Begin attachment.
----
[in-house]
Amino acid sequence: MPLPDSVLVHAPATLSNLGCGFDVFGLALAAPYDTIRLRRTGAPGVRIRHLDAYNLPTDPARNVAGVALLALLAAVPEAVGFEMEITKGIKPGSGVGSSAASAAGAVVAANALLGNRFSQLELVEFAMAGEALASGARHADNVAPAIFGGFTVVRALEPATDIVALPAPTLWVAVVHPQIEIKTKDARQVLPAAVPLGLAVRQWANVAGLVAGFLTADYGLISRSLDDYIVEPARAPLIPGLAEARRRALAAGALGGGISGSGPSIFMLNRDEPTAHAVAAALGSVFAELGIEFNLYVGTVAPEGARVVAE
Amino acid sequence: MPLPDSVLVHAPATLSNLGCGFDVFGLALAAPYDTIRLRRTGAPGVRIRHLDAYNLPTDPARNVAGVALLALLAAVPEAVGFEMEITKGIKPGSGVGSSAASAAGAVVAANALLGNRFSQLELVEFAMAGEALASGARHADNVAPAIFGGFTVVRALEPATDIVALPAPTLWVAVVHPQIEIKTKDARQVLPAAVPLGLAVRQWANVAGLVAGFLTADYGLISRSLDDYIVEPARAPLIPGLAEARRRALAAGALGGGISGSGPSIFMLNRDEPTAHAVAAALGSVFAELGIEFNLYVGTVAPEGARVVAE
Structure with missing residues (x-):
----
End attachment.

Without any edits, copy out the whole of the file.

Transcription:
[in-house]
Amino acid sequence: MPLPDSVLVHAPATLSNLGCGFDVFGLALAAPYDTIRLRRTGAPGVRIRHLDAYNLPTDPARNVAGVALLALLAAVPEAVGFEMEITKGIKPGSGVGSSAASAAGAVVAANALLGNRFSQLELVEFAMAGEALASGARHADNVAPAIFGGFTVVRALEPATDIVALPAPTLWVAVVHPQIEIKTKDARQVLPAAVPLGLAVRQWANVAGLVAGFLTADYGLISRSLDDYIVEPARAPLIPGLAEARRRALAAGALGGGISGSGPSIFMLNRDEPTAHAVAAALGSVFAELGIEFNLYVGTVAPEGARVVAE
Amino acid sequence: MPLPDSVLVHAPATLSNLGCGFDVFGLALAAPYDTIRLRRTGAPGVRIRHLDAYNLPTDPARNVAGVALLALLAAVPEAVGFEMEITKGIKPGSGVGSSAASAAGAVVAANALLGNRFSQLELVEFAMAGEALASGARHADNVAPAIFGGFTVVRALEPATDIVALPAPTLWVAVVHPQIEIKTKDARQVLPAAVPLGLAVRQWANVAGLVAGFLTADYGLISRSLDDYIVEPARAPLIPGLAEARRRALAAGALGGGISGSGPSIFMLNRDEPTAHAVAAALGSVFAELGIEFNLYVGTVAPEGARVVAE
Structure with missing residues (x-):